Vets need to take more precautions over MRSA

The British Veterinary Association (BVA) has warned that vets should take hospital-style precautions to avoid passing the MRSA "superbug" to animals, and should use sterile gloves, scrub suits and masks during operations to protect the animals.

BVA president Bob Partridge says he has "great concern" over MRSA among vets.Between 10 and 20 animals are found to carry the bug each year, but the BVA says that number is set to increase and veterinary surgeons need to adopt best practice in operating procedures to ensure as few cases as possible occur.

It is well-known in the industry the problems MRSA can cause and steps are needed to prevent infections as the bug becomes more common.

Some veterinary hospitals and a large number of practices already use these procedures.

Many people carry MRSA with no adverse effects, but it can become a killer when transmitted in hospitals and can be fatal in babies, the elderly and those with a weakened immune system, the bug is blamed for around 1,000 deaths each year.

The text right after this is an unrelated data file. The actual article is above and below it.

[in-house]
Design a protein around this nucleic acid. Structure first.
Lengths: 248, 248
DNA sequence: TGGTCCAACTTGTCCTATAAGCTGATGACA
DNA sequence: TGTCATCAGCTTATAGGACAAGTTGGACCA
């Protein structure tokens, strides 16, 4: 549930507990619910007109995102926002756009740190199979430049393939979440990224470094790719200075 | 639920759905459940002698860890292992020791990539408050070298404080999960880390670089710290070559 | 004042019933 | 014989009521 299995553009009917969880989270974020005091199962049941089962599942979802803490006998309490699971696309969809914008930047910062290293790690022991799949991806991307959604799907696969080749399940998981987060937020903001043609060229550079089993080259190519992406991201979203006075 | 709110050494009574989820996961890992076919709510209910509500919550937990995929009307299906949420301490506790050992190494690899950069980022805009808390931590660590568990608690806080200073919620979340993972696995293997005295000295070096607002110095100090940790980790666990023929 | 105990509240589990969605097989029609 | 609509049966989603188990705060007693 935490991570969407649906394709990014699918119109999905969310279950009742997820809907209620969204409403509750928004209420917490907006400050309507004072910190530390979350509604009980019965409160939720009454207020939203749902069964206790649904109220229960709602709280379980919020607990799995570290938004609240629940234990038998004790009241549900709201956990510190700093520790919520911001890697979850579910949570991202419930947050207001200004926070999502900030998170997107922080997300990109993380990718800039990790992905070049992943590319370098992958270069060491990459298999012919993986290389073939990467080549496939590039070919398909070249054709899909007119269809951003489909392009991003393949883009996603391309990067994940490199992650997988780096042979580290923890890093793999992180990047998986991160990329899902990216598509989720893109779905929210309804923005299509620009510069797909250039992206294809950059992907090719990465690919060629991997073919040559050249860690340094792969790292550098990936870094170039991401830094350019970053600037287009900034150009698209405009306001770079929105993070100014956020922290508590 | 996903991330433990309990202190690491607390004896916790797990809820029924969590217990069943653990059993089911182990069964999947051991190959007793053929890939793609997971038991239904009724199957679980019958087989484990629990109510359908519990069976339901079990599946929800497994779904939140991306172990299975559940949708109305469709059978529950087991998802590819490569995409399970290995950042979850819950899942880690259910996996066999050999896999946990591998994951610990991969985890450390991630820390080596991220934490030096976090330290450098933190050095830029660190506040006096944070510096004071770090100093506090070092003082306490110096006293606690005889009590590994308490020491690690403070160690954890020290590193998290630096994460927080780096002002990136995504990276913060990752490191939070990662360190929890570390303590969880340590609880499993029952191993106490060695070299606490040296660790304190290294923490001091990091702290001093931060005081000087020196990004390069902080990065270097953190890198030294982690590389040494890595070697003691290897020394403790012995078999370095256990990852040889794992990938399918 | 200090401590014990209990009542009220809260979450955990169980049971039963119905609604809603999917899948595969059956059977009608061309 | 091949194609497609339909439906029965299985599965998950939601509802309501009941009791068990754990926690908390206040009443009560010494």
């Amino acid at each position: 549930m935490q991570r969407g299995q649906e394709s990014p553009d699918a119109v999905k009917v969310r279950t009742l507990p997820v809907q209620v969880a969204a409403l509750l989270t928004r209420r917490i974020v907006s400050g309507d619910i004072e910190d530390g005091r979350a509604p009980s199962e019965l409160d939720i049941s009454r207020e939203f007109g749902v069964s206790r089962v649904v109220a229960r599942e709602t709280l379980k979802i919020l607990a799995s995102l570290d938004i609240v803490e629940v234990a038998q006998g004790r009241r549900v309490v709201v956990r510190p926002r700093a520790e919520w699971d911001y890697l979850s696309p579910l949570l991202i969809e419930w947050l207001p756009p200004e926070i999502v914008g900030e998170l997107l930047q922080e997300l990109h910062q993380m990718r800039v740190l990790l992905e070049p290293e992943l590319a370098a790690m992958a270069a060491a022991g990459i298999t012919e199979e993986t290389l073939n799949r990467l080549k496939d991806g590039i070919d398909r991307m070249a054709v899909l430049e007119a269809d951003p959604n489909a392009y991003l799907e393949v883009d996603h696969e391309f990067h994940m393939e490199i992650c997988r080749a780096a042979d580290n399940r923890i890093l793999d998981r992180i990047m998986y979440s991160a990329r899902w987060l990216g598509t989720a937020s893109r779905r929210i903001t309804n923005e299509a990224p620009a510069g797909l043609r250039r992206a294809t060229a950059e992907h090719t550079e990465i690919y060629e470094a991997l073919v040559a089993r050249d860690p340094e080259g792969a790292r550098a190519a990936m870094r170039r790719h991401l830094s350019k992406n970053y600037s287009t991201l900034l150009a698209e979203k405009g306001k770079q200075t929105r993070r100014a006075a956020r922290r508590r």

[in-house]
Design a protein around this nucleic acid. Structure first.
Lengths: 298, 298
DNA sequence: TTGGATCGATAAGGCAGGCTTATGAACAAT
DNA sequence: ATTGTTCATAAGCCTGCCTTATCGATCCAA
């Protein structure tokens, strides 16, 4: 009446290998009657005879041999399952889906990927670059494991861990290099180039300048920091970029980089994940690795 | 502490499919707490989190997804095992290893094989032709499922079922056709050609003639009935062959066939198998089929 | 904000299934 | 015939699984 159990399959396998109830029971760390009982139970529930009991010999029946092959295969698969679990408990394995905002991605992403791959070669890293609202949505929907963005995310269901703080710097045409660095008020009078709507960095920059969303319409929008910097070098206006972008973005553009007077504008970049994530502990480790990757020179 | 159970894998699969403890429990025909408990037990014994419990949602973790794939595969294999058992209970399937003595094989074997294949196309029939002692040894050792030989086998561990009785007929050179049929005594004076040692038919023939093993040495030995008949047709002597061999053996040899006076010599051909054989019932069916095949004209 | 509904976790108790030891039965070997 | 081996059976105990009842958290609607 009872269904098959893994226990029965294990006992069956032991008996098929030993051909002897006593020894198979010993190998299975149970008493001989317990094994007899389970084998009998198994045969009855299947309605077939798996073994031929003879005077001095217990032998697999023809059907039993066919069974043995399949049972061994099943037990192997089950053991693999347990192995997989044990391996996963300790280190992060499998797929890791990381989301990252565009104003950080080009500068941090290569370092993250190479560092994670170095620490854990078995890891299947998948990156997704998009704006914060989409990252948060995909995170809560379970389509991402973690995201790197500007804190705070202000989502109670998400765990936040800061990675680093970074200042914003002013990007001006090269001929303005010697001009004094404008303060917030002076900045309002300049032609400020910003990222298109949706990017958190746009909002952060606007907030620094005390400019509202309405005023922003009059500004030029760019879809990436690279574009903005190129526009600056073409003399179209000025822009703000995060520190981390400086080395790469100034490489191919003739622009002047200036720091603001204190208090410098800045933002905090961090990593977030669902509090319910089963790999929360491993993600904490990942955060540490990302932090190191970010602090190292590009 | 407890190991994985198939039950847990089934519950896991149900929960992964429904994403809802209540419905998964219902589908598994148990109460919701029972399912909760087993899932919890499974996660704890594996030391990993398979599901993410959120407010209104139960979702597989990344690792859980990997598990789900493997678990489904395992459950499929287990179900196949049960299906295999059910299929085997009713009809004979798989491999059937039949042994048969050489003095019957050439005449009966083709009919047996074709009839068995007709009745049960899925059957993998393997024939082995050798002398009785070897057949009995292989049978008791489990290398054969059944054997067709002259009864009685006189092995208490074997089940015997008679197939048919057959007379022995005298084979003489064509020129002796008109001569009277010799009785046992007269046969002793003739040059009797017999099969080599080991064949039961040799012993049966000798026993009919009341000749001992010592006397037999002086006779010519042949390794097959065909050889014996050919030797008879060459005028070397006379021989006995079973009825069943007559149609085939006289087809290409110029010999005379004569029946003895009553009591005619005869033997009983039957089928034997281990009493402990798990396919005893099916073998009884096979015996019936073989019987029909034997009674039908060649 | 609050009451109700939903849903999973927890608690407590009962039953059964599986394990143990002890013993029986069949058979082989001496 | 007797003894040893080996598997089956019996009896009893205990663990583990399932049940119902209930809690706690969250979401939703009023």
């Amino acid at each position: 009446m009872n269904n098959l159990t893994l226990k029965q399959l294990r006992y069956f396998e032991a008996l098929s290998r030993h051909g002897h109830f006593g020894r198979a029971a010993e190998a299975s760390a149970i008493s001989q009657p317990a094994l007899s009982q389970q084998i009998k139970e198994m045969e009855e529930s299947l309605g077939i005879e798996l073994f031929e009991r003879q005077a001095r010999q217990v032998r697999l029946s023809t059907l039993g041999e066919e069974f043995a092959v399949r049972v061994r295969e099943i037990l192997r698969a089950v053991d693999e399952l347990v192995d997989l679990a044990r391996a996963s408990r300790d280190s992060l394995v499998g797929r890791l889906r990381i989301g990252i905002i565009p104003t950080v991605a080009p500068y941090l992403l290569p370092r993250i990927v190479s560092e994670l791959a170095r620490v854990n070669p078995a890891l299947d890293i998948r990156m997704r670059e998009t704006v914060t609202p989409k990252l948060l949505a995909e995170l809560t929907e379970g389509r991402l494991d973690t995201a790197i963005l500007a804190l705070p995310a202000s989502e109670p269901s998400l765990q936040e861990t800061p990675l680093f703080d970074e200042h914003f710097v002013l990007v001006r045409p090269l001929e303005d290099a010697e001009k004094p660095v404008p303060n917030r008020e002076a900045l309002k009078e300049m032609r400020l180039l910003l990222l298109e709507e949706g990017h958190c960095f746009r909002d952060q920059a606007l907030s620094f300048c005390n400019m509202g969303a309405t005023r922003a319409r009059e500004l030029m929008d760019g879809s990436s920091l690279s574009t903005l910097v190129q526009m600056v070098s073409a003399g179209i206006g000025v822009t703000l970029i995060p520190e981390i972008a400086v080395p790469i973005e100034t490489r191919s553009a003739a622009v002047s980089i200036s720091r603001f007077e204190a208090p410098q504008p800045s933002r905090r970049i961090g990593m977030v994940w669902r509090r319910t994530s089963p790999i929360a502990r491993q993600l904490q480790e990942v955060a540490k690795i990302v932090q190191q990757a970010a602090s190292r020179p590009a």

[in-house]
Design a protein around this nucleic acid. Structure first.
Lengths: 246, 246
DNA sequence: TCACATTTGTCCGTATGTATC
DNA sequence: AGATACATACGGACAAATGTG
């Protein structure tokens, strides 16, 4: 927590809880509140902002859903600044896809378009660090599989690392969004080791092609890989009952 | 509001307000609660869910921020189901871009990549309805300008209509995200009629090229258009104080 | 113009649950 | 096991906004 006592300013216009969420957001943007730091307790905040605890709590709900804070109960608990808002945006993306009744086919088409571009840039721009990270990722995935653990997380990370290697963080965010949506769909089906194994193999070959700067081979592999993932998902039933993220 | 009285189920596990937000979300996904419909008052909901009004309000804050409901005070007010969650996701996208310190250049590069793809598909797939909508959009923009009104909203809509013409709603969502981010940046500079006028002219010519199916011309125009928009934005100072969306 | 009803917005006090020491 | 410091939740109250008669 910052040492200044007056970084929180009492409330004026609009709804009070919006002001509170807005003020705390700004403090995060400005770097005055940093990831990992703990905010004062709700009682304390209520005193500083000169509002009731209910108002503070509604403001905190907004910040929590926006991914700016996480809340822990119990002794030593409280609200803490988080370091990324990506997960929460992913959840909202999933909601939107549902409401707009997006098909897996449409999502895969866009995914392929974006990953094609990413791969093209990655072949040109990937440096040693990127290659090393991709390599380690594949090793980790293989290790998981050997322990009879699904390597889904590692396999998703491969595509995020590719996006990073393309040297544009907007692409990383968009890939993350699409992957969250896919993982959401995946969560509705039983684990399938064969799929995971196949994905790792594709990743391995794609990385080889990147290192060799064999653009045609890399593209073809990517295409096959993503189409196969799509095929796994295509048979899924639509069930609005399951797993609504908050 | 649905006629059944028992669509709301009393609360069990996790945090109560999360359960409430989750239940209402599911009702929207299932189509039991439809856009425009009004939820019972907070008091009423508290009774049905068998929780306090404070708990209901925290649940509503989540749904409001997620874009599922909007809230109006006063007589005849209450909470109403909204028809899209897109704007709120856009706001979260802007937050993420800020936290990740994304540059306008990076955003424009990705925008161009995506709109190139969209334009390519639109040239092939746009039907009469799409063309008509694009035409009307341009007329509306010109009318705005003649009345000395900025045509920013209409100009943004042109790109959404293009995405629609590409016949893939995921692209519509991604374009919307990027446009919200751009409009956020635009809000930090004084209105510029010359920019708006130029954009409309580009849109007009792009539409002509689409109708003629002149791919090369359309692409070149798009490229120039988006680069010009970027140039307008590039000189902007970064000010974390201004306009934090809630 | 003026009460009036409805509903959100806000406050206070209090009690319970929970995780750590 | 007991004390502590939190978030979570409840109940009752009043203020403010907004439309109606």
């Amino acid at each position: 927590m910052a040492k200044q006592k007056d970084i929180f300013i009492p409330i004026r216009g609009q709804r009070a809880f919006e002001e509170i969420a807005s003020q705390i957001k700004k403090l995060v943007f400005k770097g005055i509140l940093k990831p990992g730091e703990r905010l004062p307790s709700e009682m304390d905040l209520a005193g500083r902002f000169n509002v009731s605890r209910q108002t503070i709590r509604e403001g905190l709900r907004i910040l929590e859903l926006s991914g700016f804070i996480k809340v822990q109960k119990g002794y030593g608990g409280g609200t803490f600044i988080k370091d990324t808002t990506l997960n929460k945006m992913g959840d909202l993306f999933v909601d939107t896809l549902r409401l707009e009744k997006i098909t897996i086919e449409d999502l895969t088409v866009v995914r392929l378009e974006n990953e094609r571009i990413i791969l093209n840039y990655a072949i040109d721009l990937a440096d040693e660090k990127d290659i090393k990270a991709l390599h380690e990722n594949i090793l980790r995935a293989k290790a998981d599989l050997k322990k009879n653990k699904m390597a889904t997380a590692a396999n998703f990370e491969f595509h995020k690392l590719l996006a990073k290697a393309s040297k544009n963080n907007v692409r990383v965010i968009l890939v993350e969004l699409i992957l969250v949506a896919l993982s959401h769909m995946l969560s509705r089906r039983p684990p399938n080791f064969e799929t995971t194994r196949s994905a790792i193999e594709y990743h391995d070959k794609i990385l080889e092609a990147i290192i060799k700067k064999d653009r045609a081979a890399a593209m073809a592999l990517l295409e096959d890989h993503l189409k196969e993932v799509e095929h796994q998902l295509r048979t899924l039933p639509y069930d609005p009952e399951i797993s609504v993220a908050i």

Mr Partridge in an attempt to illustrate his point, mentioned a 10- year-old white Samoyed, which became the UK's first recorded MRSA dog death last year. The dog's owner, Jill Moss, of Edgware, Middlesex, is campaigning to stop other pets contracting the bug and is determined to inform and warn pet owners and vets of the need for better infection prevention.

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